K/1 Independent Reading Very soon, more reading materials may be added to students’ independent reading boxes: Songs, chants, poems, and other familiar text from shared reading Small copies of familiar big books Guided reading texts that students can read with accuracy, fluency, and comprehension Some of these texts may still be “read” from memory. Just like in writing, students’ approximations should be accepted until the point at which they are ready to transition away from reading-like behaviors to reading simple texts by attending to print.
How can teachers in Grades 2 and beyond ensure that independent reading time is spent reading? What routines and expectations may be the same? What differences might there be?
More Time for Reading Instead of activities and centers, students may: browse and read from the classroom library read and/or retell previous read aloud texts explore special bookboxes with books by one author or on one topic reread familiar poems and shared reading read from group bookboxes (books from guided reading) read with partners read from own bookboxes This expanded reading opportunity does not replace independent reading time. It supplements in a way that offers choice.
While this extra practice is valuable, it’s missing an essential element–-teacher monitoring. This key characteristic separates independent reading, as an essential element of a comprehensive literacy framework, from merely reading independently.
Monitoring Progress in Independent Reading through Conferring Beginning with the youngest readers, conferring adds dimension to independent reading. The teacher spends time side-by-side with students, listening to them talk about their reading and communicating a genuine interest in them as readers. Literate conversations push readers to think more deeply about text and about their processes as readers. Teachers learn about their students’ strengths and areas for growth—vital information for planning future instruction.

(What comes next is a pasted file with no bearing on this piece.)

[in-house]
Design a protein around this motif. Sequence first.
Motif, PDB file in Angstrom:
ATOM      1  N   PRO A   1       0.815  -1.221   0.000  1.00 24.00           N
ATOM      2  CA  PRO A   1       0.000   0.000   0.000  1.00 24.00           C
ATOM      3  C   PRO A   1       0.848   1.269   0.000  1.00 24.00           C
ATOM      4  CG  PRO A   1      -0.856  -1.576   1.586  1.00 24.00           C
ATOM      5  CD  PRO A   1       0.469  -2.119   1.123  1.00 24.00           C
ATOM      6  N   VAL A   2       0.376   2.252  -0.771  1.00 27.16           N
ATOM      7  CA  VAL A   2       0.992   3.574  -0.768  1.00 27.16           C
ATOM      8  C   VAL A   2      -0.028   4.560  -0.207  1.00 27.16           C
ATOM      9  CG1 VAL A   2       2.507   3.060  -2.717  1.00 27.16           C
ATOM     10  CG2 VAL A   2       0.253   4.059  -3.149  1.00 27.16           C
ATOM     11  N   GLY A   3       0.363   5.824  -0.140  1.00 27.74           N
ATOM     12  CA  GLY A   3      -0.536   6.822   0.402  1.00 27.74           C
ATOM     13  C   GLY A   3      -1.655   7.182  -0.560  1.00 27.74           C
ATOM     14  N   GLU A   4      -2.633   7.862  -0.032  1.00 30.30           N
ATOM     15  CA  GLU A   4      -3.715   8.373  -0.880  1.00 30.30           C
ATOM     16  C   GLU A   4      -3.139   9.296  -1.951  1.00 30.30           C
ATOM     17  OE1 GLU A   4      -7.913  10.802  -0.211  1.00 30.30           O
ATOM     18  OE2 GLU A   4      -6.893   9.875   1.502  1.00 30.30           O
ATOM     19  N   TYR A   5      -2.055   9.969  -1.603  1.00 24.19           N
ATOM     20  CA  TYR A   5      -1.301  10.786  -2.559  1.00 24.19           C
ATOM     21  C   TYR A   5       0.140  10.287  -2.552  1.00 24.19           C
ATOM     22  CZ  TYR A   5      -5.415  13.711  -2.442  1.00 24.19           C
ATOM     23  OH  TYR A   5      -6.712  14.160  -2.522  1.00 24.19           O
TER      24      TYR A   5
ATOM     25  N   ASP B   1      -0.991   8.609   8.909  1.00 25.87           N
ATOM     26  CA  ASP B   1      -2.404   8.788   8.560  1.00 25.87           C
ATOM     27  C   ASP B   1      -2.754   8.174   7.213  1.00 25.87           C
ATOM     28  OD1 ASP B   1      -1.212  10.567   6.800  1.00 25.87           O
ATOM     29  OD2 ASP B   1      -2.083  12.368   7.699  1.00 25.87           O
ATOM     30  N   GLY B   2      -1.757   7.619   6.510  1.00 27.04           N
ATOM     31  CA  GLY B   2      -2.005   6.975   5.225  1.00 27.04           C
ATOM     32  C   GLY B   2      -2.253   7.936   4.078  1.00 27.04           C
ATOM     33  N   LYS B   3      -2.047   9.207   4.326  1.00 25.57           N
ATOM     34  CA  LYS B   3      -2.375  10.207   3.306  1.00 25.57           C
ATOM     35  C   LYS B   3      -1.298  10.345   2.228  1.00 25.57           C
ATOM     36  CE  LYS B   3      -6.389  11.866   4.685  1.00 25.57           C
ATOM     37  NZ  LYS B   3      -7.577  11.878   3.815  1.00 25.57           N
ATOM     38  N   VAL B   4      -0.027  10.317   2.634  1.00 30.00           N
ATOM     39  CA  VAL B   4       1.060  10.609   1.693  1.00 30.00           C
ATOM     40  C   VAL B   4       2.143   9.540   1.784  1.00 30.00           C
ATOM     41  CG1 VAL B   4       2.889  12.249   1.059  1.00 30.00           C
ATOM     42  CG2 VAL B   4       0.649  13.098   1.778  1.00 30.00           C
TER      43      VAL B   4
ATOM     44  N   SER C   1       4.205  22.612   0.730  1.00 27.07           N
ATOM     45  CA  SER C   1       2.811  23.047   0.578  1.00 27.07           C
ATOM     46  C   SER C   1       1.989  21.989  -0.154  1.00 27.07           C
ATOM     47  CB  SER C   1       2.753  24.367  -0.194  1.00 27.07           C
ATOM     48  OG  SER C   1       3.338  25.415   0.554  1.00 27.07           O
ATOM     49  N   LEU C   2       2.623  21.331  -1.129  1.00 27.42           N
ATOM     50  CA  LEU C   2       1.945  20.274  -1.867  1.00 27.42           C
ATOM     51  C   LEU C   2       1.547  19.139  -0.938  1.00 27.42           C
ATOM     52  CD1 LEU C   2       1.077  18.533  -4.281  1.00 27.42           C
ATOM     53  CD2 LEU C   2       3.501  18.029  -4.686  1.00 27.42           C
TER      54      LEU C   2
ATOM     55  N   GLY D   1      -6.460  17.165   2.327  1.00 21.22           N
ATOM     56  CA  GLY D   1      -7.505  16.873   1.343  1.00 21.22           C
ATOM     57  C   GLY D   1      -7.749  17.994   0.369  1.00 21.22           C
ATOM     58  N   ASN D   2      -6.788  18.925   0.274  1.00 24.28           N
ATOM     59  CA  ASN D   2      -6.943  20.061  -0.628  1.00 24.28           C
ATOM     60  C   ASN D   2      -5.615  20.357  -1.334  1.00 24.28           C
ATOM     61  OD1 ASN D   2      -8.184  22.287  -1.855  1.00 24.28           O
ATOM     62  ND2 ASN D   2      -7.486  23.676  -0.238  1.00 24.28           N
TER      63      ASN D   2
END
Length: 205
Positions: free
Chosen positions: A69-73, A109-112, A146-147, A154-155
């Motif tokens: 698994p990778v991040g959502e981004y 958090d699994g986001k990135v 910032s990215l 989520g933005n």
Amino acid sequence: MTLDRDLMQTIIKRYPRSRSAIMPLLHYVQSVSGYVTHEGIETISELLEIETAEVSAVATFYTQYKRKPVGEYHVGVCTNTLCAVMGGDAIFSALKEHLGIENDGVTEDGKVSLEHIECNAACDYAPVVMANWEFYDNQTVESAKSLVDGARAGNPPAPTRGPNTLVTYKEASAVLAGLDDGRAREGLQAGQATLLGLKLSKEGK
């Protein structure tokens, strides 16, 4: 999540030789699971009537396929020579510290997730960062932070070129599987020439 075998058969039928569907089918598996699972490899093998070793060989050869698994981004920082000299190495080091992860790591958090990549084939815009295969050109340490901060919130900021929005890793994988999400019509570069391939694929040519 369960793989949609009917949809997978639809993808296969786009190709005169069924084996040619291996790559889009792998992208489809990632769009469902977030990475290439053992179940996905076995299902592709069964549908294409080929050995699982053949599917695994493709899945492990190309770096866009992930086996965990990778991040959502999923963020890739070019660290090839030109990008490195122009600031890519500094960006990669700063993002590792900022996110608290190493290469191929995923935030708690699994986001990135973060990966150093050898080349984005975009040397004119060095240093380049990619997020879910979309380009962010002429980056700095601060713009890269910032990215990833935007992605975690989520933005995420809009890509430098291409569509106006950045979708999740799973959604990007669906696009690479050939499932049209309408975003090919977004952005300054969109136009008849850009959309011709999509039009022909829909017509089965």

Conferring: Text Selection Through conferring, the teacher carefully monitors and scaffolds text selection: Is this text a good match with readers? Are students reading with accuracy, fluency, and comprehension? How deep is the level of comprehension? Is reading balanced (among genres, topics, authors)? Are students reading enough? (using time wisely) What are students’ interests?
Conferring: Differentiation With skillful conferring, the teacher also differentiates for readers. Specifically reinforcing what readers do well Prompting students to apply problem-solving strategies Teaching through 1:1 demonstrations when needed Re-teaching skills needed by this reader that other readers have already mastered Modeling and engaging readers in literate talk Encouraging students’ reflective thinking about their own processes for solving words and making meaning Setting and monitoring reading goals
Conferring: Setting Goals Setting goals and assessing progress toward those goals is another key aspect of conferring. Goals should be matched to instruction, changing over time as readers grow, and worded so students clearly understand. When readers know what is expected of them, they are able to partner with the teacher in making progress.